One to Watch: Wandavision

When the credits to Avengers: Endgame rolled it was an experience. The culmination of ten years of cinematic development, and one of the most ambitious and successful movie projects that has ever been attempted. When I left the cinema I felt the catharsis of seeing it through to the end.

I also felt a sense of relief.

I wouldn’t need to follow the Marvel Cinematic Universe anymore. I wasn’t interested in following ‘Phase Four’, I might watch a Spiderman or the next Thor: Love and Thunder, because I enjoy Tom Holland as Spiderman and Taka Watiti’s contributions to the franchise.

But then Wandavision came along, and it seems I am being pulled back into the MCU once more…

Wandavision follows the lives of Avengers Wanda and Vision as they try to live a typical suburban life whilst hiding their supernatural powers from their neighbours. Each episode is set in a distinct television time period, changing between episodes from the 60’s to the 70’s to the 80’s all the way to modern sit-coms in the latest episodes. However all is not well and the aesthetic changes, and moments of fourth-wall breaking, suggest something far more sinister is at play behind the scenes of the happy sit-com you are presented with.

The series is a masterfully crafted mystery, with rising stakes and tensions as each episode goes on. Each episode feels painfully short, running at about 20-30 minutes long, as the the screen cuts to a ‘please stand-by’ placeholder before credits roll, just as the tension reaches breaking point. It it intentional and it really builds up the mystery of what is going on in an exciting way.

This series is a gem of experiemental story telling. The MCU is trying something different and it is carried powerfully by the chemistry and acting talents of Elisabeth Olsen and Paul Bettany who play the titualar Wanda and Vision. If you have enjoyed the MCU to date, Wandavision is an easy must-see, and is a real breath of fresh air in a typically formulaic franchise, in the same way as Guardians of the Galaxy or Thor: Ragnarok have been, earlier in the franchise.

Whilst watching all the other MCU films is not a necessary prerequisite to watching Wandavision, you may find yourself lacking some understanding of the characters presented if you have not seen their character development through Age of Ultron, Infinity War or Endgame. The chemistry these characters have is obvious from watching the show, but how they reached this point is something that may only be clear to those who have seen the three films listed above, particularly in regards to the key emotional beats that the series follows.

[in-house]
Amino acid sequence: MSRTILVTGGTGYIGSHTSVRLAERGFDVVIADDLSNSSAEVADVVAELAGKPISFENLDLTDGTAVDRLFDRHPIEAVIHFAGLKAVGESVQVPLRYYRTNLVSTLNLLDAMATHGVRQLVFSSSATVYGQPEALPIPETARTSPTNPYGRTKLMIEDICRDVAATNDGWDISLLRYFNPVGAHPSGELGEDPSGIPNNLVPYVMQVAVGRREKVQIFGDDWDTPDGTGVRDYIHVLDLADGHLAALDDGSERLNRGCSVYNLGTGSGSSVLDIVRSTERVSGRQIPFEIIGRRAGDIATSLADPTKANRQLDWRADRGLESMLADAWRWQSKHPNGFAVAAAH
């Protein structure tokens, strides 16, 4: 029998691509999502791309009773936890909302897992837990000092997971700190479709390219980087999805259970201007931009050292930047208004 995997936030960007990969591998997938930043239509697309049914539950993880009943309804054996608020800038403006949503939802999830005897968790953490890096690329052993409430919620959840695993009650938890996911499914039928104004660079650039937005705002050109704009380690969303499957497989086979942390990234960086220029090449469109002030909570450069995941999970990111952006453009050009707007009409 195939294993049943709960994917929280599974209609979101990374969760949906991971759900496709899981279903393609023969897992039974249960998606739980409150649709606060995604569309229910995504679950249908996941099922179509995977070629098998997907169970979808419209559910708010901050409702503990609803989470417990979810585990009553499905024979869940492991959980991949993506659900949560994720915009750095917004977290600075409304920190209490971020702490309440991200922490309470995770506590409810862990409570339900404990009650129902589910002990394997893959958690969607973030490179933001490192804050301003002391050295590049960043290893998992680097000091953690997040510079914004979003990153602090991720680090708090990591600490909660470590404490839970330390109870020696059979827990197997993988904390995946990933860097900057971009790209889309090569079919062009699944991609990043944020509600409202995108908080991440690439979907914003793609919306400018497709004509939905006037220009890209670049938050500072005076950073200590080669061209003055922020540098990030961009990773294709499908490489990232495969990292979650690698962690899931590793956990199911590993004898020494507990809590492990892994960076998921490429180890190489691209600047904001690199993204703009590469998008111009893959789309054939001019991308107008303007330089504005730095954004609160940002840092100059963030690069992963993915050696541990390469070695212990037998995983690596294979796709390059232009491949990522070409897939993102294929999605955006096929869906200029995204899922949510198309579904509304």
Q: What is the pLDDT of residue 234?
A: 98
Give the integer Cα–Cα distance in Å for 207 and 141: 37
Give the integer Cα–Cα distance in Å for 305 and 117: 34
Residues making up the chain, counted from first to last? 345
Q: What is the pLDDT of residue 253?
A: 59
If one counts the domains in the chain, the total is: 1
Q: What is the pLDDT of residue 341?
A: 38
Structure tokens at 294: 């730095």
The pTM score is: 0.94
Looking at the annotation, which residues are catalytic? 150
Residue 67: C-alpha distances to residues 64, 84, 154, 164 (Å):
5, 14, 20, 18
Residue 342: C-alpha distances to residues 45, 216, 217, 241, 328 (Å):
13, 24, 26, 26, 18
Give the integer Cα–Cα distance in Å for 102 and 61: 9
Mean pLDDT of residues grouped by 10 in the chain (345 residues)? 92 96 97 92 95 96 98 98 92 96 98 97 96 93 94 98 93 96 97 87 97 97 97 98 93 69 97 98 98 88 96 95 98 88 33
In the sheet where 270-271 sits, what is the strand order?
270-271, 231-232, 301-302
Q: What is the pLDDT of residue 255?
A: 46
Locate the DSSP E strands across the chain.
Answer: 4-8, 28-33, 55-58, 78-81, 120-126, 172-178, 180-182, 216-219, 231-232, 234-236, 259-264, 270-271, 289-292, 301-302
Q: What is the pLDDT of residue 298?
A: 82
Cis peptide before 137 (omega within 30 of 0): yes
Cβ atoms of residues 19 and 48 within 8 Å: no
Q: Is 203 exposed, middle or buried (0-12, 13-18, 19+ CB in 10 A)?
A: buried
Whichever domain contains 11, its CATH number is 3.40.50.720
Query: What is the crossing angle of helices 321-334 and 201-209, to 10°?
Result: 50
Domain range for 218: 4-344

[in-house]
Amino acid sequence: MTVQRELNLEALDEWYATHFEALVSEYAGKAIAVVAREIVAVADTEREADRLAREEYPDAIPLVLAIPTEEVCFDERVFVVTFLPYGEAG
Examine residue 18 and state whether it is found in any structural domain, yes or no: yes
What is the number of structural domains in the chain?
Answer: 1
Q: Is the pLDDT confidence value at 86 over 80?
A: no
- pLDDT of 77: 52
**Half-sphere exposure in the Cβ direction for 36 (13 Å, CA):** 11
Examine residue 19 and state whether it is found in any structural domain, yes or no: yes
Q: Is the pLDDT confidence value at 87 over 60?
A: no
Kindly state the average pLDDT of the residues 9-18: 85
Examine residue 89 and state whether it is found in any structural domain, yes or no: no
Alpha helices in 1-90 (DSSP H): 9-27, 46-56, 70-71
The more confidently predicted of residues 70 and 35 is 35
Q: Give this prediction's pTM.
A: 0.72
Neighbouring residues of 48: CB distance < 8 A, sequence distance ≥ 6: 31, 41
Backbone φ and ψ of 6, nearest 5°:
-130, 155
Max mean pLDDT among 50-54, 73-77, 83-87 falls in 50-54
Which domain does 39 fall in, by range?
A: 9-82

And yes, to you MCU fans who are curious, this is set after Avengers: Endgame. I know. THAT is all part of the mystery of what is going on, and trust me when I say the mysteries really grow as the series goes on.

Wandavision is a great series and has re-invigorated my interest in the new phase of the MCU. I would have passed on the upcoming Falcon and the Winter Soldier series that will be released right after Wandavision concludes, but Wandavision has given me enough hope that the MCU is doing something interesting that I might have to just check it out…

Wandervision can be viewed on the Disney+ streaming service.

Games We Grew Up With: Spider-Man

‘Greetings true believers and newcomers alike…’

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Spider-Man on the original Playstation was one of the first games where I ever played as a super hero, and also one of the first games that gave me nightmares.

The game starts with a splash screen where you can pick the difficulty. My brothers spent too many minutes enjoying the different voices that announced ‘kid mode’ every time it was selected, scrolling through the voice actors for each of the villains in the game.

I did not want to play on ‘kid mode’ because little nine-year-old me was not a ‘kid’ anymore…after struggling with the first level for quite some time I returned to that kid mode, and began the game in earnest.

This game was everything a comic fan in the early 2000’s could want, a very complete roster of Spider-Man’s villains, guest appearances from many other comic heroes, vocal performances by Stan Lee and solid web-slinging action!

The graphics were as blocky as one would expect given the limitations of the Playstation, but that did not matter; the art style was vibrant and the gameplay was fun.

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My first Spider-Man comic, was a collection titled Spider-Man vs Venom, and I remember absolutely loving that Venom made a key appearance in this game. In fact he and his species, the symbiotes were a key plot point. Because symbiotes were resistant to the damage you could cause you needed to get special fire-web to burn them, don’t ask how that works, the answer didn’t matter to me at the time.

But despite how fun it was I never completed this game. I got stuck in the final encounter that pitted you against the ultimate horror for any 9-year-old.

Monster Ock.

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Literal nightmare fuel…

A twisted combination of Doctor Octopus and Carnage, this boss screeched inhumanely, could not be fought, and was an instant game over if it caught you.

All you could do is run…through a convoluted vent system with janky controls.

I lost so many times I had nightmares of being chased by Monster Ock, all whilst he was screeching ‘it’s not over yyyyyeeeeet!’

Whilst I never returned to the game there have been  even more delightful Spider-Man games that have been made in the 15-years since them, which have expanded upon the delightful gameplay and comic experience that we were first introduced in this Playstation classic.

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